Bullying is not the same as ordinary conflict. Ordinary conflict is “normal, natural, and necessary,” according to Coloroso, while bullying is not. Many anti-bullying programs have as their foundation the teaching of conflict-resolution skills. The problem is that bullying is not about anger or conflict – it’s about contempt. Conflict-resolution is not the answer to bullying, says Coloroso, who is critical of anti-bullying programs based on conflict-resolution skills.

“Children who work through these anti-bullying programs are skilled in handling all different kinds of conflict and learn anger management skills, but they still have no clue as to how to identify and effectively confront bullying.”

Why be concerned about bullying?

  • It is every child’s right to be safe.
  • Bullying is a significant health issue.
  • Bullying is a warm-up for long-term relationship problems.
  • Victimized children are at risk.
  • Compared to their peers, they are more anxious and insecure, have lower self-esteem, are lonelier, are more likely to be rejected by their peers, and are more depressed.
Bullying across the generations

Wendy Craig of Canada and Yossi Harel of Israel, in a 2001/2002 WHO survey report, note that children who are bullies tend to be bullies as adults and to have children who are bullies, and that children who are victimized tend to have children who are victimized.
Childhood bullying often continues into adulthood. Childhood bullying is associated with antisocial behaviour in adulthood including criminal behaviour and limited opportunities to achieve stable employment and long-term relationships.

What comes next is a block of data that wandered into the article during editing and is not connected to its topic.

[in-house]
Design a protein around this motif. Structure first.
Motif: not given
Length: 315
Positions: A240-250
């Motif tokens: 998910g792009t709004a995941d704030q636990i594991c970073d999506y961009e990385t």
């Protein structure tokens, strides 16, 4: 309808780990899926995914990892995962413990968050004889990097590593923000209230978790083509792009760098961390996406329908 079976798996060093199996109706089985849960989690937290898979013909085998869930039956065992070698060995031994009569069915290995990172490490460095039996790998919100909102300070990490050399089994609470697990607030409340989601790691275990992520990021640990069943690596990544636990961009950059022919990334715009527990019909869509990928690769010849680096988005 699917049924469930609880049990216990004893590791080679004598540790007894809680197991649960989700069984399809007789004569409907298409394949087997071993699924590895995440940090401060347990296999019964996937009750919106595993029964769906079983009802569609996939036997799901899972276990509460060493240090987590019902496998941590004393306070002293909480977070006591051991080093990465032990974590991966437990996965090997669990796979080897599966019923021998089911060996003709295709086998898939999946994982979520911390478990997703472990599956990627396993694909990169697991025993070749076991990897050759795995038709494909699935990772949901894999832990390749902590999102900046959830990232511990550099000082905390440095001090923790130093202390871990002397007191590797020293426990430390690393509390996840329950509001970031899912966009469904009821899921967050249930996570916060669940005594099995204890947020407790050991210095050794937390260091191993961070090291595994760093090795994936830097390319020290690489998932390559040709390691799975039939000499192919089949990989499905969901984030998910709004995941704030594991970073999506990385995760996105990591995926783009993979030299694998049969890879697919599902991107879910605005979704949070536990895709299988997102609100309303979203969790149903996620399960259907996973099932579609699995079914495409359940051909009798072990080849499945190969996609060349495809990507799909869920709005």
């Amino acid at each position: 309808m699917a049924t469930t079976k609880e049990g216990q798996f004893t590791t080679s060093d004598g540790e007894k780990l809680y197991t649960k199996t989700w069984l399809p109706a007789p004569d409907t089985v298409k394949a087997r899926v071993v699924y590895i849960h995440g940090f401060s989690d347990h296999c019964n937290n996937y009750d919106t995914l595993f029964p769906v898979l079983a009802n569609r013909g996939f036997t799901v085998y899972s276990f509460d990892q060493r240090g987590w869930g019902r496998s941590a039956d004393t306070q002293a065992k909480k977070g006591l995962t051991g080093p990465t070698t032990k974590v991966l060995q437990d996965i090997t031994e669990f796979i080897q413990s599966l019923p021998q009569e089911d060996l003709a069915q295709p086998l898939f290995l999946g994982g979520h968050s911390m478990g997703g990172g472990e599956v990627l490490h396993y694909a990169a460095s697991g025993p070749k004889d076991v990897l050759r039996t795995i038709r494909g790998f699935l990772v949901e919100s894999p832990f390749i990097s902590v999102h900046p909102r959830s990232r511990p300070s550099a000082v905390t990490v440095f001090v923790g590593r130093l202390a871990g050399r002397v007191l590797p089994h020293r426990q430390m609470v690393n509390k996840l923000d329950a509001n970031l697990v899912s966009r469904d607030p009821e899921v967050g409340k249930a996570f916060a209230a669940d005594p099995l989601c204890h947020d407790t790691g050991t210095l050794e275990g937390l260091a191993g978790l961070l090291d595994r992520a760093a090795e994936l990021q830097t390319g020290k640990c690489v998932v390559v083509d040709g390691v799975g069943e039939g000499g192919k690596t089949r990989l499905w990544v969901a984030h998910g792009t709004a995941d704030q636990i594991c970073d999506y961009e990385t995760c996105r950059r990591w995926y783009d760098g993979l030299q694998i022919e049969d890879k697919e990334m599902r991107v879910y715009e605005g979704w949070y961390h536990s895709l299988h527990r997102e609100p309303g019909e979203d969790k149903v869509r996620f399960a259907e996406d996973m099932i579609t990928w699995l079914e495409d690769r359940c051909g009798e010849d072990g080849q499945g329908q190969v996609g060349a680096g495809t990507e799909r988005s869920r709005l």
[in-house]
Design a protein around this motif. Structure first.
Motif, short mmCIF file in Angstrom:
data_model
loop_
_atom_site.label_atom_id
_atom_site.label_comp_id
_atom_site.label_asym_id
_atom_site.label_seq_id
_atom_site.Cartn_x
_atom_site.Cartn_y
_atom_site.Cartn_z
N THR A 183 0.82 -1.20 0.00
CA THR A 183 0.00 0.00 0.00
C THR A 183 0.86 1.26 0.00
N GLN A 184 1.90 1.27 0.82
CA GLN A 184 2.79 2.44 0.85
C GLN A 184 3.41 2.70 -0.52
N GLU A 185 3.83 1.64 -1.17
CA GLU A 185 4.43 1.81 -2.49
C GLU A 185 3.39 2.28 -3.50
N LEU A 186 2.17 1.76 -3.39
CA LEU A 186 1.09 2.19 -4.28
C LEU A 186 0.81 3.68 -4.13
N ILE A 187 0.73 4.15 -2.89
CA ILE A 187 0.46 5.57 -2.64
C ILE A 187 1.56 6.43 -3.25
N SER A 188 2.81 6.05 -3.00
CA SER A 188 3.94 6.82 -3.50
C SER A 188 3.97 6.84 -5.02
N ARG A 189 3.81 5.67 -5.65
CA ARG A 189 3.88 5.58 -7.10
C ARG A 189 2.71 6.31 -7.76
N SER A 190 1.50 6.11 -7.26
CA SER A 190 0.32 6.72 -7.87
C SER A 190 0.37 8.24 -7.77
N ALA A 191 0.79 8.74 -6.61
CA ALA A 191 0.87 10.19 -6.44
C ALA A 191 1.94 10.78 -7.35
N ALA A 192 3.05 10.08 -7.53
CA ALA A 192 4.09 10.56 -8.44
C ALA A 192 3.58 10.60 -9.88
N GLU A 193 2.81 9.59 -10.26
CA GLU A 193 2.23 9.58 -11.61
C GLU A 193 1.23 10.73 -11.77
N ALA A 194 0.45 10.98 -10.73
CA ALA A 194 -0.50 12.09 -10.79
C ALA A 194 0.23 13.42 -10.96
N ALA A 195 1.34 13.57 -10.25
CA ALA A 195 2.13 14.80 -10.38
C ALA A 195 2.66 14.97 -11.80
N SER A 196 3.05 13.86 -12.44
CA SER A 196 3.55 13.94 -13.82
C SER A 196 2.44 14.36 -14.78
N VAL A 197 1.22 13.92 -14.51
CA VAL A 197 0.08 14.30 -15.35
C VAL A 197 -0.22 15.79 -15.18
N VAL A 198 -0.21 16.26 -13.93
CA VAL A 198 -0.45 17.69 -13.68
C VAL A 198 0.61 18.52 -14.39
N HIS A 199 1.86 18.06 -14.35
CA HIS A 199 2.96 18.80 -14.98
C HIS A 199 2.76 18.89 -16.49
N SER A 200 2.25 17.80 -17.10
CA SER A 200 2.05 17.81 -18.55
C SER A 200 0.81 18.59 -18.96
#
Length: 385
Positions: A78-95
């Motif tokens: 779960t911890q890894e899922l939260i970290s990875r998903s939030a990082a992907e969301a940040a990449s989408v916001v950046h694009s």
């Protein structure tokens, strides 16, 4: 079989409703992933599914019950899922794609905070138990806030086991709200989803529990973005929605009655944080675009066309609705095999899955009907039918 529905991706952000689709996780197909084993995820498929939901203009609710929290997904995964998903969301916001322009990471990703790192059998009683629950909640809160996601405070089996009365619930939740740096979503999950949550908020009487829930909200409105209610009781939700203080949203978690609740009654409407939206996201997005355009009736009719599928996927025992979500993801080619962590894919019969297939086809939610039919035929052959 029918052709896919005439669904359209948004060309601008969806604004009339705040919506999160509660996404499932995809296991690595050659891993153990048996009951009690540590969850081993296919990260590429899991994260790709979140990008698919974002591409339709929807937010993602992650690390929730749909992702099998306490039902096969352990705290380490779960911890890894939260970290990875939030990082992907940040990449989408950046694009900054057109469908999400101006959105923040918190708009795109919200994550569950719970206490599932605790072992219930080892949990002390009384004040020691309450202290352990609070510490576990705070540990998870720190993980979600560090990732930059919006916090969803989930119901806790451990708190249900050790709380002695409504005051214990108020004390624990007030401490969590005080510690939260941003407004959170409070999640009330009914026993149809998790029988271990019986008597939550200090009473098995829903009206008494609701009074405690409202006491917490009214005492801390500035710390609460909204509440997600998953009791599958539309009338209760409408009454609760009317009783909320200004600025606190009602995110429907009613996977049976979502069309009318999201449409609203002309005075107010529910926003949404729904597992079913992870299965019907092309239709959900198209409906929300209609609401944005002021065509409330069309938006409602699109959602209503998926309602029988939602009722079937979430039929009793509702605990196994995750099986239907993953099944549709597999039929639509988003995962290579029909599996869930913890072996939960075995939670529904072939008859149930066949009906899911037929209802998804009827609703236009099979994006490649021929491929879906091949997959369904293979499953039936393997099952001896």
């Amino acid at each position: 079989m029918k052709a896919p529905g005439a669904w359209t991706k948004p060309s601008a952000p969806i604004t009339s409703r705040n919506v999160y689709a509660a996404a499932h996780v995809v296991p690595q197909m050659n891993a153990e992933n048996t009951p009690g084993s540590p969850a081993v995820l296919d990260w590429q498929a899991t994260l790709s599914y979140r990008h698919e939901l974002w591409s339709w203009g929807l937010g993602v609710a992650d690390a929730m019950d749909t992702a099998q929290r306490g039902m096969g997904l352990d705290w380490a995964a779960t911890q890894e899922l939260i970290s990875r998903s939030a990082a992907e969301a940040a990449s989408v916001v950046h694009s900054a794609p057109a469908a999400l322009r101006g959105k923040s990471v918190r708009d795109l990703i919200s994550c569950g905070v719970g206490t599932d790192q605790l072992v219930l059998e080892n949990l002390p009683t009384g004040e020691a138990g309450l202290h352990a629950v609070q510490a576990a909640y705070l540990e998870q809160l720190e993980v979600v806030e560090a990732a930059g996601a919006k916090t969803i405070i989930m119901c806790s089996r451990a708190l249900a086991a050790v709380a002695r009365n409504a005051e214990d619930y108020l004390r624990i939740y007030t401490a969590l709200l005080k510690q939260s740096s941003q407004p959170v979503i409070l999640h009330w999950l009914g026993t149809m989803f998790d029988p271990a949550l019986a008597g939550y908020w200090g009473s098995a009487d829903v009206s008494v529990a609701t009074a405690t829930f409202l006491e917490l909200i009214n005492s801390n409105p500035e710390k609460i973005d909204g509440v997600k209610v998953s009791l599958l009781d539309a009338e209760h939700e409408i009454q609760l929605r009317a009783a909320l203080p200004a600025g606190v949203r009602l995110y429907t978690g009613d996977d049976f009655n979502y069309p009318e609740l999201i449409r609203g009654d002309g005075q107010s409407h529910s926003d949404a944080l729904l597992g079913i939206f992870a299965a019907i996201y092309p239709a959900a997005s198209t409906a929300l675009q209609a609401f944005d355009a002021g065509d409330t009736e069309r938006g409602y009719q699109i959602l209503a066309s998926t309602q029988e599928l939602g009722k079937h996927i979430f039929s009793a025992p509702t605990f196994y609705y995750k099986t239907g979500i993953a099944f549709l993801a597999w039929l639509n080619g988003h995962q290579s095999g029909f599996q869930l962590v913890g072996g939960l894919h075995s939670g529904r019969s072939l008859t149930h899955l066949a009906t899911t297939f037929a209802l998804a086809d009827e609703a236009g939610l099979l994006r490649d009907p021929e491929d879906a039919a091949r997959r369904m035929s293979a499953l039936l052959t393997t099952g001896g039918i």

Bullying in elementary schools

According to research cited by Marilyn Langevin, between 49% and 58% of all elementary students are bullied at school at some time or other, and as many as 32% are bullied once a week or more often. (I think the reference is to North American schools.)

Bullying of kids who stutter

Children with disabilities, including those who stutter, are often singled out to be bullied. In research cited by Langevin, 81% of children who stutter report they were bullied at school at some time, and 56% of those children report they were bullied about their stuttering once a week or more often.

How do we deal with bullying of kids who stutter? We have to address it as part of a wider picture.

Murder and suicide as a response to bullying

Dan Olweus implemented an anti-bullying program in Norway following three suicides of students who had been bullied. The Columbine High School incident and a murder-suicide in Ottawa also warrant discussion.

In 1982, after three Norwegian boys between 10 and 14 killed themselves to avoid continued severe bullying, Norway’s minister of education launched a national campaign against bullying and Dan Olweus introduced an anti-bullying program for the schools.